A Meticulous Food Safety Plan Today Avoids Handcuffs Tomorrow, Kim Bousquet 2019 University of Arkansas, Fayetteville

A Meticulous Food Safety Plan Today Avoids Handcuffs Tomorrow, Kim Bousquet

Journal of Food Law & Policy

In August 2010, thousands of people across the United States were poisoned by eating eggs unknowingly tainted with Salmonella enteritidis bacteria. Following a lengthy investigation, the owners of the facility where the outbreak began were sentenced to three months in prison. This is not a one-off case; poor food safety practices are responsible for several outbreaks and often end in incarceration. Filthy hen houses, diseased fruit storage, and negligent food processing may be the last thing we want to imagine, but these practices have much to teach today's food producers. This article first examines how poor food production practices ...


Defining Fishing, The Slippery Seaweed Slope, Ross V. Acadian Seaplants Ltd., Rebecca P. Totten 2019 University of Maine School of Law

Defining Fishing, The Slippery Seaweed Slope, Ross V. Acadian Seaplants Ltd., Rebecca P. Totten

Ocean and Coastal Law Journal

In Maine, the intertidal zone has seen many disputes over its use, access, and property rights. Recently, in Ross v. Acadian Seaplants, Ltd., the Maine Supreme Judicial Court, sitting as the Law Court, held that rockweed seaweed in the intertidal zone is owned by the upland landowner and is not part of a public easement under the public trust doctrine. The Court held harvesting rockweed is not fishing. This case will impact private and public rights and also the balance between the State's environmental and economic interests. This Comment addresses the following points: first, the characteristics of rockweed and ...


That Is Northern Lights Cannabis Indica . . . No, It's Marijuana: Navigating Through The Haze Of Cannabis And Patents, Dawson Hahn 2019 Concordia University School of Law

That Is Northern Lights Cannabis Indica . . . No, It's Marijuana: Navigating Through The Haze Of Cannabis And Patents, Dawson Hahn

Concordia Law Review

By their very nature, patents are exclusionary. A patent grants the right to exclude others from making use of an invention or process. But patents are also tools to promote innovation. However, when an invalid patent is granted, the patent becomes an exclusionary tool that also chills innovation. Invalid cannabis patents may be chilling innovation in the cannabis market, but they may not be the only thing. While the Controlled Substances Act continues to prohibit cannabis at a federal level, researchers and medical professionals will be unsure of the legality of their actions. This naturally leads to another chilling effect ...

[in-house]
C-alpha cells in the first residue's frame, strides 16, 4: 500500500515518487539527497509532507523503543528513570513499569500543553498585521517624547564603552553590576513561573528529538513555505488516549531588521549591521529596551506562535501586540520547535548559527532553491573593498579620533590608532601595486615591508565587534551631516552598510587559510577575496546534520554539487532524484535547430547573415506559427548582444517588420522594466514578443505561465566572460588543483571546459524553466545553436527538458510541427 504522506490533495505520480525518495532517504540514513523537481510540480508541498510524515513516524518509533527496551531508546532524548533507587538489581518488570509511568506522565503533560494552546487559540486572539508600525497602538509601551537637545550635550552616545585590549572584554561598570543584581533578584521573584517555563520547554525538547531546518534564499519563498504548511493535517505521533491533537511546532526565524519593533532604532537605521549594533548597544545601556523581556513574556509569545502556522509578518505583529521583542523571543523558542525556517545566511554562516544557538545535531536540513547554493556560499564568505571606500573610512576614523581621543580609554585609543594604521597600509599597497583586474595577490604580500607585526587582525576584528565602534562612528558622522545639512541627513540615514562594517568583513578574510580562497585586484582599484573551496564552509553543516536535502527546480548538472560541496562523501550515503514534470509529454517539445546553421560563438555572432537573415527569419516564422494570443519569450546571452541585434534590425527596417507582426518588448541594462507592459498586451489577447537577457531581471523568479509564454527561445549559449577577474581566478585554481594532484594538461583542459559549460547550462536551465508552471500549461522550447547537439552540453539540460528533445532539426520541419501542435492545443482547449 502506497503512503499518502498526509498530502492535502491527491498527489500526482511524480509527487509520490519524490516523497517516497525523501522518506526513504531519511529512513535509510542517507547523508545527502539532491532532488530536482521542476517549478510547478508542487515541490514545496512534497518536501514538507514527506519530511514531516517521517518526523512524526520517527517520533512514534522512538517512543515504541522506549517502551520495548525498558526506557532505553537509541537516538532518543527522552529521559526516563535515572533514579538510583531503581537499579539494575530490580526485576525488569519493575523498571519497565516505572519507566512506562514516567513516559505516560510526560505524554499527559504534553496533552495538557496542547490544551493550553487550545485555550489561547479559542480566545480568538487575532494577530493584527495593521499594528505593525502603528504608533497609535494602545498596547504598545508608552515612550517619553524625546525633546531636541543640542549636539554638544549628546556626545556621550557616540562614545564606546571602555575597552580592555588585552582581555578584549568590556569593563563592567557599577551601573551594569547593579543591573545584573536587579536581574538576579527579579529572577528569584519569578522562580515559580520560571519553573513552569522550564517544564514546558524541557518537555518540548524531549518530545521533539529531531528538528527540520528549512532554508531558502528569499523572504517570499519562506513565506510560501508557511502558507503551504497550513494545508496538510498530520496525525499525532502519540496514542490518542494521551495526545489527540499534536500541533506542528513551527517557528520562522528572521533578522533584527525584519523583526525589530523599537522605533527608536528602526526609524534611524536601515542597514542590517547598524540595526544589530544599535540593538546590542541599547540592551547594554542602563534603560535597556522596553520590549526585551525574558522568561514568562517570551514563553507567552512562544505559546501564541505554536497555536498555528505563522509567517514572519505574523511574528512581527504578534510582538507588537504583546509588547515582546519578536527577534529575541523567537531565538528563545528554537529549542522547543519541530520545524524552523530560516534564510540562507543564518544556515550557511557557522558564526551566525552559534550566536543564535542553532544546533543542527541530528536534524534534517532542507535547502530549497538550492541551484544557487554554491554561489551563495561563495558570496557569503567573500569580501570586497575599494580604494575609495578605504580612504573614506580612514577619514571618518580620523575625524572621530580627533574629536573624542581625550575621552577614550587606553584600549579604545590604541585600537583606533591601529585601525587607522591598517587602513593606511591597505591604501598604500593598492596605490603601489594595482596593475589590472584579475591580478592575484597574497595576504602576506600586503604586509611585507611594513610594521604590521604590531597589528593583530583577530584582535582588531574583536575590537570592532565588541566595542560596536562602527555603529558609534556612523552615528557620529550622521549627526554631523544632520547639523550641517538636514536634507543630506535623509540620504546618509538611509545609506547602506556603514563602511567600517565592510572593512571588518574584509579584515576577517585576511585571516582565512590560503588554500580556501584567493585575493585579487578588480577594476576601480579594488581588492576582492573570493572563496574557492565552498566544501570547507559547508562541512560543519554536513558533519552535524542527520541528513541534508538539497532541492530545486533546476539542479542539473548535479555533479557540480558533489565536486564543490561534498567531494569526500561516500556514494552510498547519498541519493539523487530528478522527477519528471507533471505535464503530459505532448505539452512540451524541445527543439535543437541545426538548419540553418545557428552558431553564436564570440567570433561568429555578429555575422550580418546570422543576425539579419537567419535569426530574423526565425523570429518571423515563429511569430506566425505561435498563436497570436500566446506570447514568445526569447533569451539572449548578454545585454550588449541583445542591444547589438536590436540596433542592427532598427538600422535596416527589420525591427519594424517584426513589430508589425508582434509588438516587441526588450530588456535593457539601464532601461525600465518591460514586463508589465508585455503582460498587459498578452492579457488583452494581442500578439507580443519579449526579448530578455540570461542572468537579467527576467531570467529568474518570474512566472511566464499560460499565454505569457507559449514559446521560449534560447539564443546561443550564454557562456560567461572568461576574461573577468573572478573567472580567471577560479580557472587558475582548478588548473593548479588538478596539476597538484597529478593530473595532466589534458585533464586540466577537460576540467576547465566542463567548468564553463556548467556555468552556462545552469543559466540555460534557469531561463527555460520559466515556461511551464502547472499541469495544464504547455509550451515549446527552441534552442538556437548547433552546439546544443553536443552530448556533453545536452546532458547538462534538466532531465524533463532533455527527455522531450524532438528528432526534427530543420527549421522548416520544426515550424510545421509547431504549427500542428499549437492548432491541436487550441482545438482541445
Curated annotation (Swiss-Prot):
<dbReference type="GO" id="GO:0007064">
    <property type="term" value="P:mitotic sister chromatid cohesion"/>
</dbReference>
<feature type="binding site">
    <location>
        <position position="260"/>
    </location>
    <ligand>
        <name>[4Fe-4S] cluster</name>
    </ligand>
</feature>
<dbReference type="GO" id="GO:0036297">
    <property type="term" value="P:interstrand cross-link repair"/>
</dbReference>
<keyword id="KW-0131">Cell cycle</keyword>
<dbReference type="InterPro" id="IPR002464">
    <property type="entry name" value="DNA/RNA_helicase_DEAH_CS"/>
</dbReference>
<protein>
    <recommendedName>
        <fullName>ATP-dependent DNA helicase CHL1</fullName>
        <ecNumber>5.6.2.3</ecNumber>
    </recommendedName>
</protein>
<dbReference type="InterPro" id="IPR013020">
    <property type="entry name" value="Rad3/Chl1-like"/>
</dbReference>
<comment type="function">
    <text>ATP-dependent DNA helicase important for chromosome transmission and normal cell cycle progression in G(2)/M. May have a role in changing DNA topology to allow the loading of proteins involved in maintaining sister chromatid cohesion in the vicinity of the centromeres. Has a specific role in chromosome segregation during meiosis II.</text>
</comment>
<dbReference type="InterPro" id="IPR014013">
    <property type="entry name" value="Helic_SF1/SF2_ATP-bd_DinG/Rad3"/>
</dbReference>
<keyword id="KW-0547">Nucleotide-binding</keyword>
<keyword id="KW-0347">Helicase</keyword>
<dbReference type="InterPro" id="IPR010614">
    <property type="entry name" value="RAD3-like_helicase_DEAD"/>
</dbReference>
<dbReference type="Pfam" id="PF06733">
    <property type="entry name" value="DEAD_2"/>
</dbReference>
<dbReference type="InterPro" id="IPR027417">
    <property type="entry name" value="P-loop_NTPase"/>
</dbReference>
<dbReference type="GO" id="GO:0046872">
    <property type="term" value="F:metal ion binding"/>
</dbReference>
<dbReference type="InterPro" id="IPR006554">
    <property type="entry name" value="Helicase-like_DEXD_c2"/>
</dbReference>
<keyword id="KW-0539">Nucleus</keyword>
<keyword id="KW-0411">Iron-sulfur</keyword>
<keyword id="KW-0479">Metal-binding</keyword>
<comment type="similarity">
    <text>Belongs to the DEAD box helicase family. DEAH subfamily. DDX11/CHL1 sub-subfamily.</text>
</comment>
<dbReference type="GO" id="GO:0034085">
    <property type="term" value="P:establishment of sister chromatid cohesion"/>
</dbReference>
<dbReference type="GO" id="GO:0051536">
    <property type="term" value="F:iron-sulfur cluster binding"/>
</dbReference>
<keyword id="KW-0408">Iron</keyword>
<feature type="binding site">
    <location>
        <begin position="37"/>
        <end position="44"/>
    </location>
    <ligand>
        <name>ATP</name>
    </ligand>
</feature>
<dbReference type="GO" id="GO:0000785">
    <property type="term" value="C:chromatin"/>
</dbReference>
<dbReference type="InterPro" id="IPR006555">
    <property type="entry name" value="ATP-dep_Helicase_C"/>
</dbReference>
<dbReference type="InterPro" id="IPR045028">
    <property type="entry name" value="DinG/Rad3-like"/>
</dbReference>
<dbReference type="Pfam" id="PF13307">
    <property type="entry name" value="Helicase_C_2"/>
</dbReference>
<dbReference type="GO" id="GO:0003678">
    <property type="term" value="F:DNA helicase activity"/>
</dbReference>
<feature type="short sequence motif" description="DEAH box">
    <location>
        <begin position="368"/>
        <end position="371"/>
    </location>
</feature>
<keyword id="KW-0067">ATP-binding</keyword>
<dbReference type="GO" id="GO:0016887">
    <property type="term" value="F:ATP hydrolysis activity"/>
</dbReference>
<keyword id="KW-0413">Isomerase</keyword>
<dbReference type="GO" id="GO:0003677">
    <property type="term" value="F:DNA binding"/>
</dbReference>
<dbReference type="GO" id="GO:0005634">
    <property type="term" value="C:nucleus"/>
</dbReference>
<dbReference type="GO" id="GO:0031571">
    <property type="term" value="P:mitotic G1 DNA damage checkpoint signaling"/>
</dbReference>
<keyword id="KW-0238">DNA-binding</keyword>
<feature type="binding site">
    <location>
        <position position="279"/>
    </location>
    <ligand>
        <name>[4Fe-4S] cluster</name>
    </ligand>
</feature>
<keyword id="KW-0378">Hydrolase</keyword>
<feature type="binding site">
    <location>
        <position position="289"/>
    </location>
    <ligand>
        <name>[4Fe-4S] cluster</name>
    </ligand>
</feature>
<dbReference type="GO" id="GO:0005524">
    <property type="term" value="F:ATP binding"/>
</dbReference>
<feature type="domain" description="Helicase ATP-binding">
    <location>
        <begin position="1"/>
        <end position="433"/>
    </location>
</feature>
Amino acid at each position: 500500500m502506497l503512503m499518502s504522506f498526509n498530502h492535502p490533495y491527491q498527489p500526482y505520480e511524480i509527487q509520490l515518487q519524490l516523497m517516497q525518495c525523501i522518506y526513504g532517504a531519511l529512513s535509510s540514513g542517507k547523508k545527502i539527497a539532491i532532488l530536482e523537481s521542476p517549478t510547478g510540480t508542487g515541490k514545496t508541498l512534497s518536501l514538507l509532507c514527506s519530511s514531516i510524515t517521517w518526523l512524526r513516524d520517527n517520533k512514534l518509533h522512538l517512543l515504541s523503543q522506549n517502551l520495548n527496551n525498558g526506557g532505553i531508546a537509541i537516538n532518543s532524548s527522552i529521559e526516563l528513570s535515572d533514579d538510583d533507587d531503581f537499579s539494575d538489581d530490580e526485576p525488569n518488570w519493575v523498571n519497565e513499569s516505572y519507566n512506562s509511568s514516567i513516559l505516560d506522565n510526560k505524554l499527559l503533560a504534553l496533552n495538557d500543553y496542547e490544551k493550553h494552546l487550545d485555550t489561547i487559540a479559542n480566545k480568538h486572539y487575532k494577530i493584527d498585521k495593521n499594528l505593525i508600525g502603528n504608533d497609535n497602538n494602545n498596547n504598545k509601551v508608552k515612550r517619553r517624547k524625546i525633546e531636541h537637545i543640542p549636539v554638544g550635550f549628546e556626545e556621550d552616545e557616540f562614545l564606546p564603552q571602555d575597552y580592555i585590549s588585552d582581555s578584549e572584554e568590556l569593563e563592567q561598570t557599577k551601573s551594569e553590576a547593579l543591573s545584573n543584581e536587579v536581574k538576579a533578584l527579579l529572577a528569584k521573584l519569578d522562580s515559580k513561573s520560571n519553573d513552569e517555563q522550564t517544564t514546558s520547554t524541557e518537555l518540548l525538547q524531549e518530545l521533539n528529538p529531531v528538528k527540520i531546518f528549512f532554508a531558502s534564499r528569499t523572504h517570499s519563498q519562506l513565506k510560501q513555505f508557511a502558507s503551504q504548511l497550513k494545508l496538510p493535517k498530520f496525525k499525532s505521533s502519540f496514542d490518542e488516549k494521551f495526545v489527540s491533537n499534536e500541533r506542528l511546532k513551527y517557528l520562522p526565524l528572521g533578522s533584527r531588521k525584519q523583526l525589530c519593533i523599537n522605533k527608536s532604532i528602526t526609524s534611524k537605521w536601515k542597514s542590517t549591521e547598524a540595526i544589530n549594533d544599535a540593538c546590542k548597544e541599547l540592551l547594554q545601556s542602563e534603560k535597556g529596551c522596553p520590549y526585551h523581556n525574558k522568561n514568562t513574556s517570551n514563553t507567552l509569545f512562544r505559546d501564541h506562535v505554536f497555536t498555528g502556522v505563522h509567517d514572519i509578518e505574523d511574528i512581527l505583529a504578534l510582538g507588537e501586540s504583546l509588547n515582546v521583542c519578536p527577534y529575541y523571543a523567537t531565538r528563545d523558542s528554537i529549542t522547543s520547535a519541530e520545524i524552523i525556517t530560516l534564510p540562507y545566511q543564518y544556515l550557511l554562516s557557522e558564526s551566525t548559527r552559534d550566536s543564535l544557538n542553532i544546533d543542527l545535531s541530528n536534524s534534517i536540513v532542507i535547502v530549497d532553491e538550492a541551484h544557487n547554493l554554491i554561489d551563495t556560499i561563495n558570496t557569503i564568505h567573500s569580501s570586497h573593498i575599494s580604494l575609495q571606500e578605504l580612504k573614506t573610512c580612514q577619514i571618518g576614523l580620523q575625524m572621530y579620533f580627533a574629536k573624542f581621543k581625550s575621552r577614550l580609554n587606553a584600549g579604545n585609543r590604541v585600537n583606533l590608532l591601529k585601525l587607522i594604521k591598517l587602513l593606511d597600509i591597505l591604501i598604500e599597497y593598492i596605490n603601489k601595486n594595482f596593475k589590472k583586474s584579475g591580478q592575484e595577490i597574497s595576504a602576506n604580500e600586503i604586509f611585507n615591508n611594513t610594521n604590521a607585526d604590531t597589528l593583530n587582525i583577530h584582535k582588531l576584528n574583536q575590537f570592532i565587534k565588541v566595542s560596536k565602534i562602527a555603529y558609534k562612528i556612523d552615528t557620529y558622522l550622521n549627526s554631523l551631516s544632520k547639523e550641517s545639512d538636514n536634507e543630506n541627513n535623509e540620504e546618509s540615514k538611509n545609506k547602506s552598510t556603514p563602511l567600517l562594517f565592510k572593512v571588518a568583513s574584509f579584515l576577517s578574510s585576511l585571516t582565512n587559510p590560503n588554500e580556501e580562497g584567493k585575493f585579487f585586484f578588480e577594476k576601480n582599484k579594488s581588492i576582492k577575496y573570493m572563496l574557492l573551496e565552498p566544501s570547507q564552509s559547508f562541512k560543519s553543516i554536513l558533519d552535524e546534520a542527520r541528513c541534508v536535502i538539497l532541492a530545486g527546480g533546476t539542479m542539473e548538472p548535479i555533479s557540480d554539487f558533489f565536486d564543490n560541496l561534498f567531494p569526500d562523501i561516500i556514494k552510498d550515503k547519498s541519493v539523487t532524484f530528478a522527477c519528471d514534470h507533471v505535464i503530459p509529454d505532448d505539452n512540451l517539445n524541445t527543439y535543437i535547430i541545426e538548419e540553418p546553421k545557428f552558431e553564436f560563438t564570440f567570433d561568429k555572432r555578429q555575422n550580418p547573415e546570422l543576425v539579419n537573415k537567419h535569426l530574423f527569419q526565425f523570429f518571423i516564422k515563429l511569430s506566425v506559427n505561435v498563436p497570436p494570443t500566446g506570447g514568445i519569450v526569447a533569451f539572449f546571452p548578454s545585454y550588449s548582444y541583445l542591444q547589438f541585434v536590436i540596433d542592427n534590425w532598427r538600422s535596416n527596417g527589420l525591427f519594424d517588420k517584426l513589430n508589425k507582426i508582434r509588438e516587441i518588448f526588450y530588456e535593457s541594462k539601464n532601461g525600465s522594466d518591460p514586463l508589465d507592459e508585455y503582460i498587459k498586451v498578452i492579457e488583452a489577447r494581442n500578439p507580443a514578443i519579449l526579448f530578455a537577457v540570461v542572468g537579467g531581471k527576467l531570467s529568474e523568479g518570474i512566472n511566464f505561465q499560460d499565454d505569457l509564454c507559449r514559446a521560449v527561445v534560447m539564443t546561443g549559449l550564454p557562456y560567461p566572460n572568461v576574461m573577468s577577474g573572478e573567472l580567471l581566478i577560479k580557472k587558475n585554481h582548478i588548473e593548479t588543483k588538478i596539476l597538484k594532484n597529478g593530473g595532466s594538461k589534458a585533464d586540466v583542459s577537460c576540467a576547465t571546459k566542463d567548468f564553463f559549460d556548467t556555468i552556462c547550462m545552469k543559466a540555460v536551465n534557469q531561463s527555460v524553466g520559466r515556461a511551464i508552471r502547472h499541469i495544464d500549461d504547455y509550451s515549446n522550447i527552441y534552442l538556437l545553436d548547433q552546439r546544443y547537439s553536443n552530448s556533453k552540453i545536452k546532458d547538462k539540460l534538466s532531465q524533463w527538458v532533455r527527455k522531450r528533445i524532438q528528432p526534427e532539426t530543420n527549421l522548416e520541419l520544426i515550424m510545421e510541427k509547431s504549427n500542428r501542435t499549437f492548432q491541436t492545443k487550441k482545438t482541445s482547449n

Regulating The Blue Revolution: A Sea Of Change For The United States’ Offshore Aquaculture Industry Or A Missed Opportunity For Increased Sustainability, Elan Lowenstein 2019 University of Miami Law School

Regulating The Blue Revolution: A Sea Of Change For The United States’ Offshore Aquaculture Industry Or A Missed Opportunity For Increased Sustainability, Elan Lowenstein

University of Miami International and Comparative Law Review

Aquaculture has the potential to be one of the most efficient methods of food production to date. In recent years, the developments in offshore finfish aquaculture have proven to be more environmentally friendly than large-scale terrestrial animal farming, requiring a fraction of resources such as freshwater which are becoming more scarce in the face of global population growth, while also relieving pressures on wild fisheries. The United States is one of the largest global consumers of seafood, importing about ninety-percent of its supply. The current regulatory framework for offshore aquaculture in the United States is effectively non-existent. Federal courts have ...


Solving The Opioid Epidemic In Ohio, Lacy Leduc 2019 Cleveland-Marshall College of Law

Solving The Opioid Epidemic In Ohio, Lacy Leduc

Journal of Law and Health

On May 31, 2017, Ohio Attorney General Mike DeWine took a step in fighting Ohio's opioid epidemic, bringing the first of many lawsuits against five top pharmaceutical companies. However, under Federal and State law, there is an exception called the Learned Intermediary Doctrine, which can absolve drug manufacturers of liability from any misconduct that might be found and transfer that liability to a treating physician. This exception is the way many drug manufacturers were able to avoid being held responsible in the past. This Note proposes that with the current pending lawsuit in the State of Ohio, an exception ...


Something To Wine About: What Proposed Revisions To Wine Labeling Requirements Mean For Growers, Producers, And Consumers, Deborah Soh 2019 Brooklyn Law School

Something To Wine About: What Proposed Revisions To Wine Labeling Requirements Mean For Growers, Producers, And Consumers, Deborah Soh

Brooklyn Journal of Corporate, Financial & Commercial Law

Title 27 of the Code of Federal Regulations governs the standards for the information that is printed on wine bottle labels, including the appellation of origin. Currently, however, wines are exempt from these regulations if they will not be introduced in interstate commerce. There is a proposed amendment to the Code that would bring all wines, regardless of whether they are sold interstate or solely intrastate, under the federal standards for wine labeling. Between the current system, which permits exempt wines to sidestep the regulations, and the proposal, which would exact strict standards of compliance uniformly, lies a middle-ground approach ...


Got Mylk?: The Disruptive Possibilities Of Plant Milk, Iselin Gambert 2019 Brooklyn Law School

Got Mylk?: The Disruptive Possibilities Of Plant Milk, Iselin Gambert

Brooklyn Law Review